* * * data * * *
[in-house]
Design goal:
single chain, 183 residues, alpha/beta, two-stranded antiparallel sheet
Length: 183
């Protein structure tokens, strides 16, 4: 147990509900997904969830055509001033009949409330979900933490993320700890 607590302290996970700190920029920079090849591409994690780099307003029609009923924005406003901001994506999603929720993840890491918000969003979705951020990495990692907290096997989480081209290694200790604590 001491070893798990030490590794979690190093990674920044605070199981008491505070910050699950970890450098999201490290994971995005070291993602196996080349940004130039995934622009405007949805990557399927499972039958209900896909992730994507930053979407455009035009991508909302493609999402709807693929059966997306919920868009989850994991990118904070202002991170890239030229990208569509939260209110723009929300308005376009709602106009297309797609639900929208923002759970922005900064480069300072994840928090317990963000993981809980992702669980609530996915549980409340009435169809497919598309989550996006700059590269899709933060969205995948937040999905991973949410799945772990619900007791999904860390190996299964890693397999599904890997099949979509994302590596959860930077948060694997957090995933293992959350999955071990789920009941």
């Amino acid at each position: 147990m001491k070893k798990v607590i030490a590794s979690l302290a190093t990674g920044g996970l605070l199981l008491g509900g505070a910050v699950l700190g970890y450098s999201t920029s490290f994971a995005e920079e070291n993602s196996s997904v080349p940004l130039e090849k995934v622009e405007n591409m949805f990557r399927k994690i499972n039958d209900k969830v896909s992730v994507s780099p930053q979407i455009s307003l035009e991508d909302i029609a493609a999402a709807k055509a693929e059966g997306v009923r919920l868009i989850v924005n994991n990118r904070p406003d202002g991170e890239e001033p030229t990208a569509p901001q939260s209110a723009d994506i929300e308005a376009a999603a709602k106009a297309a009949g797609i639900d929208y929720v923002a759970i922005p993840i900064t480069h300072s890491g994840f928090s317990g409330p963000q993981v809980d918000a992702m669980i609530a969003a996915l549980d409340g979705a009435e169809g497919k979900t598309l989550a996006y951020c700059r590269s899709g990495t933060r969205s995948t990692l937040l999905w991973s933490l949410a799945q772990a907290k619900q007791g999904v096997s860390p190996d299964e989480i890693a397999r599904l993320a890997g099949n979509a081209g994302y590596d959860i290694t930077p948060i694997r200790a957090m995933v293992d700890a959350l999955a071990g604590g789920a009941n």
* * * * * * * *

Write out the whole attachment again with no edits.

[in-house]
Design goal:
single chain, 183 residues, alpha/beta, two-stranded antiparallel sheet
Length: 183
């Protein structure tokens, strides 16, 4: 147990509900997904969830055509001033009949409330979900933490993320700890 607590302290996970700190920029920079090849591409994690780099307003029609009923924005406003901001994506999603929720993840890491918000969003979705951020990495990692907290096997989480081209290694200790604590 001491070893798990030490590794979690190093990674920044605070199981008491505070910050699950970890450098999201490290994971995005070291993602196996080349940004130039995934622009405007949805990557399927499972039958209900896909992730994507930053979407455009035009991508909302493609999402709807693929059966997306919920868009989850994991990118904070202002991170890239030229990208569509939260209110723009929300308005376009709602106009297309797609639900929208923002759970922005900064480069300072994840928090317990963000993981809980992702669980609530996915549980409340009435169809497919598309989550996006700059590269899709933060969205995948937040999905991973949410799945772990619900007791999904860390190996299964890693397999599904890997099949979509994302590596959860930077948060694997957090995933293992959350999955071990789920009941």
């Amino acid at each position: 147990m001491k070893k798990v607590i030490a590794s979690l302290a190093t990674g920044g996970l605070l199981l008491g509900g505070a910050v699950l700190g970890y450098s999201t920029s490290f994971a995005e920079e070291n993602s196996s997904v080349p940004l130039e090849k995934v622009e405007n591409m949805f990557r399927k994690i499972n039958d209900k969830v896909s992730v994507s780099p930053q979407i455009s307003l035009e991508d909302i029609a493609a999402a709807k055509a693929e059966g997306v009923r919920l868009i989850v924005n994991n990118r904070p406003d202002g991170e890239e001033p030229t990208a569509p901001q939260s209110a723009d994506i929300e308005a376009a999603a709602k106009a297309a009949g797609i639900d929208y929720v923002a759970i922005p993840i900064t480069h300072s890491g994840f928090s317990g409330p963000q993981v809980d918000a992702m669980i609530a969003a996915l549980d409340g979705a009435e169809g497919k979900t598309l989550a996006y951020c700059r590269s899709g990495t933060r969205s995948t990692l937040l999905w991973s933490l949410a799945q772990a907290k619900q007791g999904v096997s860390p190996d299964e989480i890693a397999r599904l993320a890997g099949n979509a081209g994302y590596d959860i290694t930077p948060i694997r200790a957090m995933v293992d700890a959350l999955a071990g604590g789920a009941n």